to LDAP operations and in this way provide for message
   authenticity, message integrity, non-repudiation of message
   origin and message freshness.


2. The Control


   This control MAY be included in each LDAP operation
   as a part of the controls field of the LDAPMessage, as defined
   in Section 4.1.12 of [ldapv3]. The structure of the control is as
   follows:

   LDAPSecurityParameters ::= SEQUENCE {
                controlType             LDAPOID -- to be assigned,
                criticality             BOOLEAN DEFAULT FALSE,
                controlValue            SecurityParameters}

   SecurityParameters  :=      SET {
        certification-path      [0]     AF.CertificationPath OPTIONAL,
        name                    [1]     LDAPDN OPTIONAL,
        time                    [2]     UTCTime OPTIONAL,
        random                  [3]     BIT STRING OPTIONAL,
        target                  [4]     ProtectionRequest OPTIONAL}
        signature               [4]     AF.Signature OPTIONAL}

   ProtectionRequest       :=      INTEGER { none(0), signed(1) }

   The control type MUST be set to an OBJECT IDENTIFIER for
   LDAPSecurityParameters (not yet assigned). The control SHOULD be
   critical.

   The control is specified based on the X.511 Security Parameters,
   which are an optional part of the X.511 Common Arguments [x511].
   The use of the certification-path, name, time random and target
   fields are as defined in [x511] for X.511 Security Parameters.

   The ASN.1 type AF.Signature (AF stands for "Authentication Framework")
   is defined in [x509] as follows:

   AF.Signature            :=      SEQUENCE {
        algorithmIdentifier     AlgorithmIdentifier,
        encrypted               BIT STRING}

   The value of the encrypted field is computed over the
   entire LDAPMessage with the encrypted field set to NULL (i.e. absent).
   The ASN.1 type AF.CertificationPath is defined in [x509].

   The algorithmIdentifier must be an entirely numeric string
   representation of an OBJECT IDENTIFIER.



INTERNET-DRAFT          LDAPv3 Security Parameters         March 1, 1998

2.1. Encoding Requirements


   (This section is identical to Section 4 in [ldapv3-strong].)
   This document describes data elements using ASN.1 structures, which
   are encoded using a subset of the Basic Encoding Rules, as done in
   LDAPv3 [ldapv3]. Implementations must follow the encoding
   restrictions of LDAPv3, and additional encoding restrictions apply
   to the elements defined in this specification:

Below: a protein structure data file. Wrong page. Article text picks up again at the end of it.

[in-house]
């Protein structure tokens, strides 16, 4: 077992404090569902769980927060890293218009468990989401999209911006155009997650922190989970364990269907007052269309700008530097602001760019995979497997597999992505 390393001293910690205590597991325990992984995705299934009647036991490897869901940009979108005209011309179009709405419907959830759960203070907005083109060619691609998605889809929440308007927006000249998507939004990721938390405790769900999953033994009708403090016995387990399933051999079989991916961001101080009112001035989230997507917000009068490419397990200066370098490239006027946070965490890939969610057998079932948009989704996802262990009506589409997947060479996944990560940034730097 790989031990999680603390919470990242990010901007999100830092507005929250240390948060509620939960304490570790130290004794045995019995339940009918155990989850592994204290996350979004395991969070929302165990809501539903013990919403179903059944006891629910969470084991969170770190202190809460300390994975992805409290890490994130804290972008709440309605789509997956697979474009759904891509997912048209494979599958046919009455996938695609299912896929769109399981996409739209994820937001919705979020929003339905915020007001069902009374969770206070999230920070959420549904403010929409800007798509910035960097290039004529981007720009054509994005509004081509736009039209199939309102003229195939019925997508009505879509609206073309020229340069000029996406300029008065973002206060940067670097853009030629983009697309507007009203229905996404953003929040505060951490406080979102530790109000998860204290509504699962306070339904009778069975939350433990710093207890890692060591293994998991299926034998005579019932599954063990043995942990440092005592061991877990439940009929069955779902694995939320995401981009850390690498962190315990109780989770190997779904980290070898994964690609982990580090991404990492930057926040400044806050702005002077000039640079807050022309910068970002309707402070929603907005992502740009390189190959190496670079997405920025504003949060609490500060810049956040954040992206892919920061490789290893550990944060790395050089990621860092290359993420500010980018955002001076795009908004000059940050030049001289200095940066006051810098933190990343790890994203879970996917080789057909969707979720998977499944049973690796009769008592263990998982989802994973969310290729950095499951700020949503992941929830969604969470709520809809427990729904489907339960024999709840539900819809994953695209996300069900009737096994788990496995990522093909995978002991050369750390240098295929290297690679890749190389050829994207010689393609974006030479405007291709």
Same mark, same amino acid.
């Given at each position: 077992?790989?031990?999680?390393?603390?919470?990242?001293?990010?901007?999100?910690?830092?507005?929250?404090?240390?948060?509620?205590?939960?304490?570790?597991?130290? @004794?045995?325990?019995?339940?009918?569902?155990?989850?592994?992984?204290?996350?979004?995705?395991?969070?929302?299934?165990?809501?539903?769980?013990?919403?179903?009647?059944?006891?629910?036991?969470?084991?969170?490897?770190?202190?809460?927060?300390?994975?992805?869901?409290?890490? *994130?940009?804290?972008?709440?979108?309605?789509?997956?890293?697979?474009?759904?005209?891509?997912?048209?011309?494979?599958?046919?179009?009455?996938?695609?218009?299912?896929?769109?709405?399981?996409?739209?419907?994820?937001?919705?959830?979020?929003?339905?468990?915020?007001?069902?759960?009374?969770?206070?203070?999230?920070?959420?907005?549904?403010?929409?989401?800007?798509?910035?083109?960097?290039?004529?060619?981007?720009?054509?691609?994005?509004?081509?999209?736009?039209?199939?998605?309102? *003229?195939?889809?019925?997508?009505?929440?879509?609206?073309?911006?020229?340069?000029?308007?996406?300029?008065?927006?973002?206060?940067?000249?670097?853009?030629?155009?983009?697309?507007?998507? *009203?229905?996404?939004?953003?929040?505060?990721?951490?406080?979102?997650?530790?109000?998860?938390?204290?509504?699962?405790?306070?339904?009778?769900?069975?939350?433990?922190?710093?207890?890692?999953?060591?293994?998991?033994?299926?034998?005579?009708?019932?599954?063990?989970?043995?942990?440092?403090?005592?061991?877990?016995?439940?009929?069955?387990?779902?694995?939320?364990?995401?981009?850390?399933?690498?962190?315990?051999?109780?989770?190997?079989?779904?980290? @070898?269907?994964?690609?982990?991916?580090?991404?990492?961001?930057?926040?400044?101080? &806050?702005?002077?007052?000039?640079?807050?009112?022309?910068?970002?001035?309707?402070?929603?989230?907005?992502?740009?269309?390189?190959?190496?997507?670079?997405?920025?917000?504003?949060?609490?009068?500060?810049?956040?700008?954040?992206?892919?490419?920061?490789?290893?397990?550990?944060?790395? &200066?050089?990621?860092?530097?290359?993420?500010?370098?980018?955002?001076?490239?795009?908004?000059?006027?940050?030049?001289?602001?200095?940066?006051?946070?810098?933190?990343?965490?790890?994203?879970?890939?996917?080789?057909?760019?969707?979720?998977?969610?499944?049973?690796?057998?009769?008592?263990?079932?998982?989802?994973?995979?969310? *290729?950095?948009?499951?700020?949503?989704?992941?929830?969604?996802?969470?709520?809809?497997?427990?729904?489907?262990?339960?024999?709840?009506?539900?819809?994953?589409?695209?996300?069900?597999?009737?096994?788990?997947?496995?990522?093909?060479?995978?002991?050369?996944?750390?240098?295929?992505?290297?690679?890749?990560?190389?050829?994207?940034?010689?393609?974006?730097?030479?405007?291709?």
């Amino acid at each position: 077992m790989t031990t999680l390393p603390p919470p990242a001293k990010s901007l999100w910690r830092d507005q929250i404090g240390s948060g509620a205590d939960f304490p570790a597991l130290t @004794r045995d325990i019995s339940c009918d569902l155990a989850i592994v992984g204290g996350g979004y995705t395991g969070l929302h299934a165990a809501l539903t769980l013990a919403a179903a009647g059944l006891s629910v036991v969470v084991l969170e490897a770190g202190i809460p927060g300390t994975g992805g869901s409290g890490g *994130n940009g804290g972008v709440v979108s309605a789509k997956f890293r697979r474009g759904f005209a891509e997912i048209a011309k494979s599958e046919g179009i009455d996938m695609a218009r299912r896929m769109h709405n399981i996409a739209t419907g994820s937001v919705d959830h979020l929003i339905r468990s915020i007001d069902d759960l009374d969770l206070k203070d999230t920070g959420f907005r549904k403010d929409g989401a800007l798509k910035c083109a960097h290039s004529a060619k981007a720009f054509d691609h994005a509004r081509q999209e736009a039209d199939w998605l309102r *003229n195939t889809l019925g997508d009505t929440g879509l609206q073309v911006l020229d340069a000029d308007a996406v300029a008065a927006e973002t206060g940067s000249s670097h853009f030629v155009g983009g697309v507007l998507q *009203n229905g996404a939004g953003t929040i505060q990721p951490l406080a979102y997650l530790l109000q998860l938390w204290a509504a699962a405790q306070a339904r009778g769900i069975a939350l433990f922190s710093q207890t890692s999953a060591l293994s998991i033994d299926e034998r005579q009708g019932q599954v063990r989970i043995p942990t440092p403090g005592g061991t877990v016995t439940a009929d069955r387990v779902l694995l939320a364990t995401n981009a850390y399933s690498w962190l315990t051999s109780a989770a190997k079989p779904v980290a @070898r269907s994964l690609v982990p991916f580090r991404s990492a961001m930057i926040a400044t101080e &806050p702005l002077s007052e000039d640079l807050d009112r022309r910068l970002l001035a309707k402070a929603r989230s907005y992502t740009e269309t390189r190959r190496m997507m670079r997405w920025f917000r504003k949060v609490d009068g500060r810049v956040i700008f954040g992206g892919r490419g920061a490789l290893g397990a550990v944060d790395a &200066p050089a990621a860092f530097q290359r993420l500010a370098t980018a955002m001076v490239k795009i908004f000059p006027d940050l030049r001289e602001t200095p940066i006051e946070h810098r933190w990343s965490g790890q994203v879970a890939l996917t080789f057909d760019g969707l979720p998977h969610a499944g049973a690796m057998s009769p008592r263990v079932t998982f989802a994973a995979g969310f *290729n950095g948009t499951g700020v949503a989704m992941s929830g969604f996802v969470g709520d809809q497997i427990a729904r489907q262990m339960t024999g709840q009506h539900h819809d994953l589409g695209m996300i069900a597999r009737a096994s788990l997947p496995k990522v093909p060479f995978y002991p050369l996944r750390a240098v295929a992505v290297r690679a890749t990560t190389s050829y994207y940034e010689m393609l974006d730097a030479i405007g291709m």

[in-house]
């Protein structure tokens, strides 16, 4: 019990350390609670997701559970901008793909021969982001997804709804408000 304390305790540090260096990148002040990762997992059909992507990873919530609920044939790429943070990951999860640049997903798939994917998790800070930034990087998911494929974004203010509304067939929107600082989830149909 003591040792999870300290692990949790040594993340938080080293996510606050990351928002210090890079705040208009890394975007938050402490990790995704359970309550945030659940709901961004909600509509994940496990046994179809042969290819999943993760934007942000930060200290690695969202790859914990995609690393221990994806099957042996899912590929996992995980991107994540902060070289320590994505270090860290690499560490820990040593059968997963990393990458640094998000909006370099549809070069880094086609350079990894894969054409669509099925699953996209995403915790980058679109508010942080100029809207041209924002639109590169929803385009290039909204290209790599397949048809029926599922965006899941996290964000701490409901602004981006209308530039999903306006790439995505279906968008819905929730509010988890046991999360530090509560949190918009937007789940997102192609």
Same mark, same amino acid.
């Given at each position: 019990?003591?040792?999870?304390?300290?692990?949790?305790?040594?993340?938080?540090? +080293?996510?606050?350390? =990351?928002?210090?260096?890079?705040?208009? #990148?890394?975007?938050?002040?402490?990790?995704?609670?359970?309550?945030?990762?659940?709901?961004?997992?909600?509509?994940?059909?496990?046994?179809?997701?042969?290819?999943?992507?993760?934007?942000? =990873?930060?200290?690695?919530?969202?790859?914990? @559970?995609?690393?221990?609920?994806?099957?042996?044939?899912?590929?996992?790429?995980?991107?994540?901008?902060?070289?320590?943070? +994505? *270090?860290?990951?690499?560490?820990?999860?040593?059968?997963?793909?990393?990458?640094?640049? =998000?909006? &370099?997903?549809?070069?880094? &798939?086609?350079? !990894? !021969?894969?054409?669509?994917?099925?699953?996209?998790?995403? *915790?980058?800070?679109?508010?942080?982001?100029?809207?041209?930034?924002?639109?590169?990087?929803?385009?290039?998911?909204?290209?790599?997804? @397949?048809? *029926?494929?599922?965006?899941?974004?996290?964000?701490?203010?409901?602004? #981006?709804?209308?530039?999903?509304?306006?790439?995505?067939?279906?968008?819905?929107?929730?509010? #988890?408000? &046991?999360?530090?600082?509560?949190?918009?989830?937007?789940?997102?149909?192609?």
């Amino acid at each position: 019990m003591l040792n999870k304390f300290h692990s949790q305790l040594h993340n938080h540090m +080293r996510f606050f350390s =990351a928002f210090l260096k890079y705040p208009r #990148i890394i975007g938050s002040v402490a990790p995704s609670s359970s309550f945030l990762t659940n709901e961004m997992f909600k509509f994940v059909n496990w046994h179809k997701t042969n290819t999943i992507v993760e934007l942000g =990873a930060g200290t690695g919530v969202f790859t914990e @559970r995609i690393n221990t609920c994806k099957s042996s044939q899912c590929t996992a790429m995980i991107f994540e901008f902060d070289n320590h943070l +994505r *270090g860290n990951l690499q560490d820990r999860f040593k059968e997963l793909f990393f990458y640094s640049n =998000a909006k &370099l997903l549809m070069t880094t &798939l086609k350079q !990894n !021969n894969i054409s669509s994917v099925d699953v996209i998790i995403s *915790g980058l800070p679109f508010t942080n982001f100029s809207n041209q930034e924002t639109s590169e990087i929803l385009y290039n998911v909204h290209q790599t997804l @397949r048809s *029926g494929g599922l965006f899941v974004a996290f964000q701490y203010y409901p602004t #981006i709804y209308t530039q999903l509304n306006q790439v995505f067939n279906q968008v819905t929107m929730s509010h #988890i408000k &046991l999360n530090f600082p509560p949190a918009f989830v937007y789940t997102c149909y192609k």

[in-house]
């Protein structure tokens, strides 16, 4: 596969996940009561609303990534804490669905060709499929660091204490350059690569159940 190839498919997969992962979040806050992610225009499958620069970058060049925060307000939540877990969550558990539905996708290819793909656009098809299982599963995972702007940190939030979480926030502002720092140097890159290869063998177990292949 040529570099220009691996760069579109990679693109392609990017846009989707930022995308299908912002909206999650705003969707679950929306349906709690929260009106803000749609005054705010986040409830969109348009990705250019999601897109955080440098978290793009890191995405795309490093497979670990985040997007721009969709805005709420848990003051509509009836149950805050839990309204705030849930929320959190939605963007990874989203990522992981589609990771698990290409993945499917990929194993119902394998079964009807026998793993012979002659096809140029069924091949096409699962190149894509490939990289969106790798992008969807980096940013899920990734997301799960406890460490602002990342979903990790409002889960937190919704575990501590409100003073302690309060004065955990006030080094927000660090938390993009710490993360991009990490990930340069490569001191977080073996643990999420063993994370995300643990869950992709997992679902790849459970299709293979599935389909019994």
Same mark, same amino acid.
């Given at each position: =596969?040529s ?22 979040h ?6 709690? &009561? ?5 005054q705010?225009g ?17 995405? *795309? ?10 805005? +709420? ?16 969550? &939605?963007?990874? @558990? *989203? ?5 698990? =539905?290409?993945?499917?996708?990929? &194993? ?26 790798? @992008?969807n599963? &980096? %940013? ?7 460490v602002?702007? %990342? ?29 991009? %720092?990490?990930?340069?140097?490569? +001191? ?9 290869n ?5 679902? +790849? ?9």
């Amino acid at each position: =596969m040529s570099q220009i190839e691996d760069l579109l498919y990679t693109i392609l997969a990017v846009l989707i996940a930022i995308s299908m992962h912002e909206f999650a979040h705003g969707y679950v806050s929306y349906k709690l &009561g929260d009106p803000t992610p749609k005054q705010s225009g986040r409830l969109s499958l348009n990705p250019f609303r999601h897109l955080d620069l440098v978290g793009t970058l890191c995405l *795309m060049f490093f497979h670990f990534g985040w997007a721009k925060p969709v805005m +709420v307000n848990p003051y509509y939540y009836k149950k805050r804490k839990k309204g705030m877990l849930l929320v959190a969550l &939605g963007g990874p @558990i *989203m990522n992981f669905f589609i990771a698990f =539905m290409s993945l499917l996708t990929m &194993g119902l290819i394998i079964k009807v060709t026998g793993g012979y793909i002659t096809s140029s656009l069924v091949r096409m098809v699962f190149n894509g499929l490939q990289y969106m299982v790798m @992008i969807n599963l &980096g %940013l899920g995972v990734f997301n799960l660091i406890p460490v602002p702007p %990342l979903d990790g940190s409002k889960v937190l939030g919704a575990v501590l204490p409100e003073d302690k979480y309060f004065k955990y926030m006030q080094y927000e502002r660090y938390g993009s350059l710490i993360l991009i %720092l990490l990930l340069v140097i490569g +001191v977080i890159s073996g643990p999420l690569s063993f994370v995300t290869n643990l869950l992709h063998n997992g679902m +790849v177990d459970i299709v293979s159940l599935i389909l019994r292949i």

- BIT STRING values are to be encoded in primitive form only.
     Unused bits in the final octet of the encoding of a BIT STRING
     value, if there are any, should always be set to zero.

   - UTC Times must be encoded with the "Z" suffix, not as a local time.


3. Client-Server Interaction


   The control MAY be used in all LDAPv3 operations (note the difference
   from X.511, where it cannot be used in the bind request/response).
   In this section we describe some of the possible use scenarios.


3.1. Client's Signature


   If the server sends the control in the bind response,
   with the target field set to signed(1), the client MUST
   sign all subsequent requests until the next unbind request.
   If the server does not insist on signing its own messages
   (i.e. responses), the certification-path field in the control
   MUST be absent. Note that the control is not signed and
   therefore can be tampered with.

   With this mechanism all client requests can be
   authenticated using a strong authentication mechanism,
   and the signature can be for non-repudiation of message origin.
   However, this mechanism alone does not provide for either
   confidentiality of any data transferred between the client
   and the server, or for the authenticity of the data transferred
   from the server to the client.

   If the server sends the control in any response message
   except the bind response, with the target field set to signed(1),
   the client MUST resend the request with the control carrying
   the signature. The security considerations are the same as
   in the previous paragraph.

   If the client sends a request (i.e. any request except the bind
   request) without the control carrying the signature, and the server
   requires the request be signed, the server MUST return